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Neal Cruz’s report about government peace panel member Senen Bacani’s approach to the Bangsamoro plebiscite is rather disquieting, since it will be by province and not by town (“No deal on Sabah issue, gov’t panel says,” Opinion, 4/2/14). Whole populations can be stranded behind artificial borders without their consent, giving rise to a Sudeten-like situation.
By Neal H. Cruz
The issue of Sabah was not discussed during the peace talks between the government and the Moro Islamic Liberation Front, with Malaysia as referee. This was the assurance given by members of the government panel to journalists at the Kapihan sa Manila at the Diamond Hotel last Monday. The panel members at the Kapihan were chair Miriam Coronel-Ferrer and members Senen Bacani (a former agriculture secretary) and Yasmin Busran Lao.
By Neal H. Cruz
The comprehensive peace agreement signed by the national government and the Moro Islamic Liberation Front (MILF) is not so comprehensive after all. It raised more questions to which there are no clear answers yet.
By Solita Collas-Monsod
NOT TO be a party-pooper, but something sticks in my craw and raises my hackles when Malaysia is mentioned by Filipinos in such glowing terms—and the remarks of Pres. Benigno Aquino III were no exception.
By Conrado de Quiros
It was the best of times, it was the worst of times. The year began benignly enough, looking to controvert the reputation of “13” as an unlucky number. In February, Gloria Macapagal-Arroyo herself changed her tune and grudgingly gave P-Noy high marks for economic performance. Since the latter half of 2012, the country had been posting record rates of growth.
By Narciso M. Reyes Jr.
Ambassador Nelson D. Laviña’s critique (“Not really against Sabah,” (Letters, 5/21/13) on my commentary, “The case against Sabah,” (Opinion, 4/20/13) conveniently left out obvious features of the Western colonial powers during their early stage of expansion.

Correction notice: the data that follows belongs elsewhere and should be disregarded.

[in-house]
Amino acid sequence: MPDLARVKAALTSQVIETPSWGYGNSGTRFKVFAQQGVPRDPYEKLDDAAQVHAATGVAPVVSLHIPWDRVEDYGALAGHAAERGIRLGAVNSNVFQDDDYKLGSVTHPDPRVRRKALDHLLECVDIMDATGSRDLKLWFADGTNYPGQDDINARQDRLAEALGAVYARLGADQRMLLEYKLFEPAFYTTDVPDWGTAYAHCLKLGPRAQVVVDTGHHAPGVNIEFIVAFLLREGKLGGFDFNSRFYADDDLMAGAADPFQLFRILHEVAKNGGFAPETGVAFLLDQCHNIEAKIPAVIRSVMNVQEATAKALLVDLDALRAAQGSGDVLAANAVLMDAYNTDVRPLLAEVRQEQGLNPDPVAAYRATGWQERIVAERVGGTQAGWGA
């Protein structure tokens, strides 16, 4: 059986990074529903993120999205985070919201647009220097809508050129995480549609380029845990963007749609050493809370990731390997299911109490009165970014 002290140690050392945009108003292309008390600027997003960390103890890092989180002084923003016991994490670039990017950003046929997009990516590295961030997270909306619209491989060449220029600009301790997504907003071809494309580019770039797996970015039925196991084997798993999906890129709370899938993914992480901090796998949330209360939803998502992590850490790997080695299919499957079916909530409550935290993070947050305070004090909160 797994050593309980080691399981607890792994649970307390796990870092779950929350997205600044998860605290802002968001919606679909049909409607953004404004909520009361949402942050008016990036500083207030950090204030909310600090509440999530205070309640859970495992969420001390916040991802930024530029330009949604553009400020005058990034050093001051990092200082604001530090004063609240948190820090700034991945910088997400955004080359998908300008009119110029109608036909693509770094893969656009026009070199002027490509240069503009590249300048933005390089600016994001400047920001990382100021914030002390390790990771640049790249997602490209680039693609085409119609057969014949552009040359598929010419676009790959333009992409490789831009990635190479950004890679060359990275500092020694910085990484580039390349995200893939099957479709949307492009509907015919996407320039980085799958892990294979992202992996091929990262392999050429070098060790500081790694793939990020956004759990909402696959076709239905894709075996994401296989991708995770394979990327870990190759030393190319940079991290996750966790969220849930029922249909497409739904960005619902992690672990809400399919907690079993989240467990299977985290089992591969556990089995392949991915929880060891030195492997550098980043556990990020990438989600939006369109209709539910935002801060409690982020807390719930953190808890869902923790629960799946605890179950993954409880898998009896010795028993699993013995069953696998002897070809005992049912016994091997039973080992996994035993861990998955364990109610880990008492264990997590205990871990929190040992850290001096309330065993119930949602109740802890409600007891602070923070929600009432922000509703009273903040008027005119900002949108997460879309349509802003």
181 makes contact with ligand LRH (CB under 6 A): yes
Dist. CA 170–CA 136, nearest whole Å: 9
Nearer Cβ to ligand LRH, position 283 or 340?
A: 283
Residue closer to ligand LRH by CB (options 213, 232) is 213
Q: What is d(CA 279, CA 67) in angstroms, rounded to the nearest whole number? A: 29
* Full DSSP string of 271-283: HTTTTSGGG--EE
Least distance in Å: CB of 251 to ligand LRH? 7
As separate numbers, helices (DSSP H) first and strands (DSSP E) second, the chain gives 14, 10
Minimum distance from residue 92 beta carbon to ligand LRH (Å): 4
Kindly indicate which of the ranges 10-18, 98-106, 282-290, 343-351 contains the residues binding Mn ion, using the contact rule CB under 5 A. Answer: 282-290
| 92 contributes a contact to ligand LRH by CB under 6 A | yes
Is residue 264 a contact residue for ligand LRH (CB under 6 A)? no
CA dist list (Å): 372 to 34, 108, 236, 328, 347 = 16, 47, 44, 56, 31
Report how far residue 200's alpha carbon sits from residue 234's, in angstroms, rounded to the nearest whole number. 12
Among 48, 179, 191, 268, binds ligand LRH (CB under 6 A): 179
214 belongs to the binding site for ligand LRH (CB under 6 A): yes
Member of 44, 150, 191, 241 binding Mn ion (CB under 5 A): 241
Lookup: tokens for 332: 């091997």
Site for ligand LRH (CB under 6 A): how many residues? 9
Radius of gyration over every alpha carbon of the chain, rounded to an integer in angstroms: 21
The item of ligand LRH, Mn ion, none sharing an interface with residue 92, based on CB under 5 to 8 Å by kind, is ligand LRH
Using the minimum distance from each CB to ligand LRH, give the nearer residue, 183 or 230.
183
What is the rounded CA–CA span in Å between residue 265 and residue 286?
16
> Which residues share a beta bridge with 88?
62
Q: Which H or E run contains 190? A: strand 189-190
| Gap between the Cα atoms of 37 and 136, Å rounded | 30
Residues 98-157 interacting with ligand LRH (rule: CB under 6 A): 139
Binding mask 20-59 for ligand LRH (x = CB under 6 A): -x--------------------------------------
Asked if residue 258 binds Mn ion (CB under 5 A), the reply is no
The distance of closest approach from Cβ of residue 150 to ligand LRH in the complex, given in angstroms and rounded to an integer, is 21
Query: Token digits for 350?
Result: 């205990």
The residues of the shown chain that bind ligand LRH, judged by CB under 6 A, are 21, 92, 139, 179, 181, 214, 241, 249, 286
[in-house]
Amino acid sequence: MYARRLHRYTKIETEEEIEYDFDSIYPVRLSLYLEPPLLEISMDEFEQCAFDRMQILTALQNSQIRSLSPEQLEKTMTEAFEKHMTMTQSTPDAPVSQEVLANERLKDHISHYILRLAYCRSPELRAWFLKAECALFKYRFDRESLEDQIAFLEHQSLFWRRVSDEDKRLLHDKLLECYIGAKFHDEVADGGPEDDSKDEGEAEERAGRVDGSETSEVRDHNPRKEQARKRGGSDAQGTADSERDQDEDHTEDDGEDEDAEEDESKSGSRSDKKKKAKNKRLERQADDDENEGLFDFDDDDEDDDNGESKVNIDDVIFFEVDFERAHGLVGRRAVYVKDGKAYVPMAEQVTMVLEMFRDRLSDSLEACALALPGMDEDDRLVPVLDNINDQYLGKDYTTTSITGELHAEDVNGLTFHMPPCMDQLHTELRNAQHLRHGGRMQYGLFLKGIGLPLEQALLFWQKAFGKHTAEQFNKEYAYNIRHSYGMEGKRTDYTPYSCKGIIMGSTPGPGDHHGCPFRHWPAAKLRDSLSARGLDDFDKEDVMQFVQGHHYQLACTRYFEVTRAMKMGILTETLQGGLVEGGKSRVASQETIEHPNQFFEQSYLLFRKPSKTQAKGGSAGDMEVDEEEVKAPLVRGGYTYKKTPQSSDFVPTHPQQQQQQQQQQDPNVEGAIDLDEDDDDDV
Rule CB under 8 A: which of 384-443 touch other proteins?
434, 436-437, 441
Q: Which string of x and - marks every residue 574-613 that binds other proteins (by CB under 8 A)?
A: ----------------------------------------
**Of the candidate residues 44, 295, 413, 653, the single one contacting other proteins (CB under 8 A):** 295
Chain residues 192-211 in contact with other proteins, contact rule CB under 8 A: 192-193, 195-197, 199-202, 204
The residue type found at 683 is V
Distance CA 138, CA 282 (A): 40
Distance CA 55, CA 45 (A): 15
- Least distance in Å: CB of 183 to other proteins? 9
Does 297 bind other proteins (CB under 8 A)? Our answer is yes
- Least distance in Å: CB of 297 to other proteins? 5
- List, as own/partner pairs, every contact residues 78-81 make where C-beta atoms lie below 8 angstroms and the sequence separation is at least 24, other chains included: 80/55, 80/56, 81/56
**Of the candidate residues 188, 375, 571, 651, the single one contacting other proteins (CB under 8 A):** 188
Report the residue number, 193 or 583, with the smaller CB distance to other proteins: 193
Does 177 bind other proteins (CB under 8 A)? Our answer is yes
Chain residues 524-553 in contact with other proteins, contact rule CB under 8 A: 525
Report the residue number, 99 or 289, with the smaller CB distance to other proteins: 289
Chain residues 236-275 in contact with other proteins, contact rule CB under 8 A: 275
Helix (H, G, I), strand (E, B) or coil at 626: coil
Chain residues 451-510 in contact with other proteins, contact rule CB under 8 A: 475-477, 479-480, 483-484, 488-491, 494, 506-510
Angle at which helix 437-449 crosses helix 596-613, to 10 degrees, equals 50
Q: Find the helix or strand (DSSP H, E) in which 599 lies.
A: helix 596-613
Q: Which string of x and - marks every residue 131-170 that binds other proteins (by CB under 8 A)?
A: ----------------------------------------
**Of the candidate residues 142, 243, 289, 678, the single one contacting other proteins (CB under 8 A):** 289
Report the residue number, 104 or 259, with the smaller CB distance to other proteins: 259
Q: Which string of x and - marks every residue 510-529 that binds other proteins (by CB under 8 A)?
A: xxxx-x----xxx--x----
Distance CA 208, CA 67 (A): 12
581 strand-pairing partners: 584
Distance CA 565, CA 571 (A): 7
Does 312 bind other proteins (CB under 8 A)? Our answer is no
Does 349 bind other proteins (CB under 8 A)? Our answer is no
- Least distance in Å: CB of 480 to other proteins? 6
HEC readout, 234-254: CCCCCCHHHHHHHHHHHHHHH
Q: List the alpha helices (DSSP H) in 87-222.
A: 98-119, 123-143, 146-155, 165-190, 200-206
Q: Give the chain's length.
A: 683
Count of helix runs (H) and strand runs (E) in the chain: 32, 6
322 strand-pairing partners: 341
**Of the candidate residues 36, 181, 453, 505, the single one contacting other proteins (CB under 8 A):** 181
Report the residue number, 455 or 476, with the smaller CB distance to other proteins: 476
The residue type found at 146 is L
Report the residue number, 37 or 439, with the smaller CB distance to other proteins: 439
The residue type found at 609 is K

By Bernie V. Lopez
The stalemates in Sabah and in the Spratly chain of islands have one essential thing in common: They both represent a legal dilemma.
By N.M. Reyes
I am amused by the flag-waving and saber-rattling of some of our countrymen obsessed with that resource-rich land south of Sulu known as Sabah. While I do not pass judgment on the veracity of historical documents that may tip the scale of evidence of ownership and even sovereignty in our favor, I question the wisdom of a claim that has no chance of winning in the most supreme court of all: the sentiments and views of the inhabitants of Sabah.
By Lauro L. Baja Jr.
Has anyone imagined that if Agbimuddin Kiram succeeded in Sabah, Bangsamoro would have an additional territory of 30,000 square miles, the Sultan of Sulu (or the Philippines) would reap about $95 billion in annual revenue, and the Philippine government would get substantial taxes? After all, legally, Malaysia does not have de jure sovereignty over Sabah.
The work of the Transition Commission for the Bangsamoro region got under way the other day; it is no exaggeration to say that the undertaking is burdened with the high expectations of millions of Filipinos. By the terms of the 2012 Framework Agreement, signed with much fanfare and even more emotion in Malacañang last October, [...]
After the crackdown, the exodus. A government official estimates that as many as 100,000 Filipinos in Sabah may return to Mindanao by the end of May—a massive remigration that needs to be prepared for. Will the government be ready? And is the Sultanate of Sulu, whose incursion into Sabah precipitated the crisis, in a position [...]